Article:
A swing can be a lifesaver for moms with newborn babies. The gentle rocking simulates the motion of the womb, so it soothes many fussy babies. Best of all, a swing provides a safe place to put baby temporarily while mom does household chores or takes a much-needed break.
Swings are the most useful during baby’s first few months. Most manufacturers recommend you stop using the swing when the baby’s weight is between 15 and 25 pounds. If baby is starting to turn over or push up, you should also stop using the swing so the baby doesn’t tip it over.
Baby swings generally cost from $50 to $200. There are many models on the market from which to choose. This guide can help you shop for a baby swing.
Baby swings range from the basic, no-frills models to fully loaded entertainment centers. Some swings are small, fold up and can be easily transported. Full-sized swings offer more options, but can take up a lot of space in your house.
Some swings come with plug-in power sources while others have battery-operated motors. Expect to change batteries weekly if you choose this type of swing. Battery-operated motors emit a humming noise which will either sooth or startle your baby.
Full-size swings are required to have a three-point harness that will prevent baby from falling out of the seat. Swings with a five-point harness, which includes over-the-shoulder straps, are even safer options.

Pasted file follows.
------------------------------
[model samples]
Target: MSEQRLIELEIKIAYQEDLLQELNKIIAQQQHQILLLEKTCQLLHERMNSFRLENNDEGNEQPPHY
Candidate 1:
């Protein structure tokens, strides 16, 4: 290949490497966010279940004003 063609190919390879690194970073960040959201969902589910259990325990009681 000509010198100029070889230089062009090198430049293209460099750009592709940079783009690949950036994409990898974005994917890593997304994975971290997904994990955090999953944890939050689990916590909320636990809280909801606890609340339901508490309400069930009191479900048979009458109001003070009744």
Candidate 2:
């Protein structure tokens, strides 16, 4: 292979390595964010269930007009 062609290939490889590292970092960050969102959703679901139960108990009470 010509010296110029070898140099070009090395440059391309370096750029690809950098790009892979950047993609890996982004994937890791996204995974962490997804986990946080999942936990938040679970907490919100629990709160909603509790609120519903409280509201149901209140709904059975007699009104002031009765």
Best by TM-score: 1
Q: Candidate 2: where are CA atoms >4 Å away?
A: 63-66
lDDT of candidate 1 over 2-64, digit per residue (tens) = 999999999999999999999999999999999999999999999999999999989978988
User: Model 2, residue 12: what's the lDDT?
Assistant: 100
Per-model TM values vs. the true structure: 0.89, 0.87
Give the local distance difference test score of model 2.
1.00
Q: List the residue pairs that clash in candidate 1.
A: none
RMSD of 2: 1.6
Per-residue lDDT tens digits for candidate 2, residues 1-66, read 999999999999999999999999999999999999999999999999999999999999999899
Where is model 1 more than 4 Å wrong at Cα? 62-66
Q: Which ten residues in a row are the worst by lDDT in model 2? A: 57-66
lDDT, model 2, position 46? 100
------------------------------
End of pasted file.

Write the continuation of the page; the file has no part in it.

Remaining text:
Speed and motion
Many swings move back and forth, but some cradle swings offer a side-to-side rocking motion that may soothe your baby more. Swing models feature various speed settings, with some offering two speeds and others up to eight speeds.
A baby swing should have a wide, sturdy frame. If it’s low to the ground, it’s not as likely to tip over if baby leans to the side.
Be sure the Juvenile Products Manufacturers Association (JPMA) seal of approval is on the swing or packaging.
Easy to clean
Baby is likely to drool, spit-up and have dirty or wet diapers while in the swing. Look for a swing with a removable, washable cover.
Make sure the swing is nicely padded and comfortable for baby. Cradle-style swings have seats that recline which many newborns enjoy.
Some swings feature trays, mirrors, toy bars, mobiles or light displays and music. Make sure the extra features are easily removed so you can get baby in and out of the swing.
While swings are convenient, they should not be used as a substitute for human contact. Experts recommend limiting swing time to an hour a day.
Assemble the swing properly so it won’t tip over. Never leave your baby unsupervised while in the swing and keep the safety harness buckled.
Ensure that any toys or small parts are secured to prevent choking hazards.